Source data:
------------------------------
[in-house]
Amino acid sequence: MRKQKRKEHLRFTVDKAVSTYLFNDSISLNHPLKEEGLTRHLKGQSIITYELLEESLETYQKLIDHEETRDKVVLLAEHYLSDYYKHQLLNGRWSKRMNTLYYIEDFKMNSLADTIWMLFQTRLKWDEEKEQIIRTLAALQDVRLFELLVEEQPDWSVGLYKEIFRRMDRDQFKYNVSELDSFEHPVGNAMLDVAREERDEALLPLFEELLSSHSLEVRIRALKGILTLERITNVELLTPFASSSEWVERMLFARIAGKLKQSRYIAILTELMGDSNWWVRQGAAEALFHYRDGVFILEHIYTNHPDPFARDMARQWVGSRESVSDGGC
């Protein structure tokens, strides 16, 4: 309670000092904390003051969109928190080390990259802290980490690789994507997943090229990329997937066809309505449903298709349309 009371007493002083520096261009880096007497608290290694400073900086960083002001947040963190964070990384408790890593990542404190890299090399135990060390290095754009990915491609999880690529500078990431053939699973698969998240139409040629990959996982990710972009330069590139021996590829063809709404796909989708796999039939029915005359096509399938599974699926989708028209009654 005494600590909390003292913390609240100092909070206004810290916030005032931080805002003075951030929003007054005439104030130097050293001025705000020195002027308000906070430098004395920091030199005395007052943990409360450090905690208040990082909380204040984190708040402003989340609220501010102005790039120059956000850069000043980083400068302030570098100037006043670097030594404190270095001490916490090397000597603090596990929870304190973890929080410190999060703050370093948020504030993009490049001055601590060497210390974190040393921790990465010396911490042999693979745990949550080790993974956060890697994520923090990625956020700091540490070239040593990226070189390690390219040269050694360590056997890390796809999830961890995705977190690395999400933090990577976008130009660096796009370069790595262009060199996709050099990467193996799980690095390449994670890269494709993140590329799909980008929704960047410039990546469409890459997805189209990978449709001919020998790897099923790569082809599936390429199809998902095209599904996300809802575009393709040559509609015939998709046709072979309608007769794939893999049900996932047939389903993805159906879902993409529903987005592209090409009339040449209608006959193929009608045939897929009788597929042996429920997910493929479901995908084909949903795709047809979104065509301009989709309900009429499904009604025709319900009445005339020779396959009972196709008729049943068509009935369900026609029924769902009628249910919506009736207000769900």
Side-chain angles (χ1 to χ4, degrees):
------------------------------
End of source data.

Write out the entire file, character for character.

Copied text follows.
[in-house]
Amino acid sequence: MRKQKRKEHLRFTVDKAVSTYLFNDSISLNHPLKEEGLTRHLKGQSIITYELLEESLETYQKLIDHEETRDKVVLLAEHYLSDYYKHQLLNGRWSKRMNTLYYIEDFKMNSLADTIWMLFQTRLKWDEEKEQIIRTLAALQDVRLFELLVEEQPDWSVGLYKEIFRRMDRDQFKYNVSELDSFEHPVGNAMLDVAREERDEALLPLFEELLSSHSLEVRIRALKGILTLERITNVELLTPFASSSEWVERMLFARIAGKLKQSRYIAILTELMGDSNWWVRQGAAEALFHYRDGVFILEHIYTNHPDPFARDMARQWVGSRESVSDGGC
């Protein structure tokens, strides 16, 4: 309670000092904390003051969109928190080390990259802290980490690789994507997943090229990329997937066809309505449903298709349309 009371007493002083520096261009880096007497608290290694400073900086960083002001947040963190964070990384408790890593990542404190890299090399135990060390290095754009990915491609999880690529500078990431053939699973698969998240139409040629990959996982990710972009330069590139021996590829063809709404796909989708796999039939029915005359096509399938599974699926989708028209009654 005494600590909390003292913390609240100092909070206004810290916030005032931080805002003075951030929003007054005439104030130097050293001025705000020195002027308000906070430098004395920091030199005395007052943990409360450090905690208040990082909380204040984190708040402003989340609220501010102005790039120059956000850069000043980083400068302030570098100037006043670097030594404190270095001490916490090397000597603090596990929870304190973890929080410190999060703050370093948020504030993009490049001055601590060497210390974190040393921790990465010396911490042999693979745990949550080790993974956060890697994520923090990625956020700091540490070239040593990226070189390690390219040269050694360590056997890390796809999830961890995705977190690395999400933090990577976008130009660096796009370069790595262009060199996709050099990467193996799980690095390449994670890269494709993140590329799909980008929704960047410039990546469409890459997805189209990978449709001919020998790897099923790569082809599936390429199809998902095209599904996300809802575009393709040559509609015939998709046709072979309608007769794939893999049900996932047939389903993805159906879902993409529903987005592209090409009339040449209608006959193929009608045939897929009788597929042996429920997910493929479901995908084909949903795709047809979104065509301009989709309900009429499904009604025709319900009445005339020779396959009972196709008729049943068509009935369900026609029924769902009628249910919506009736207000769900």
Side-chain angles (χ1 to χ4, degrees):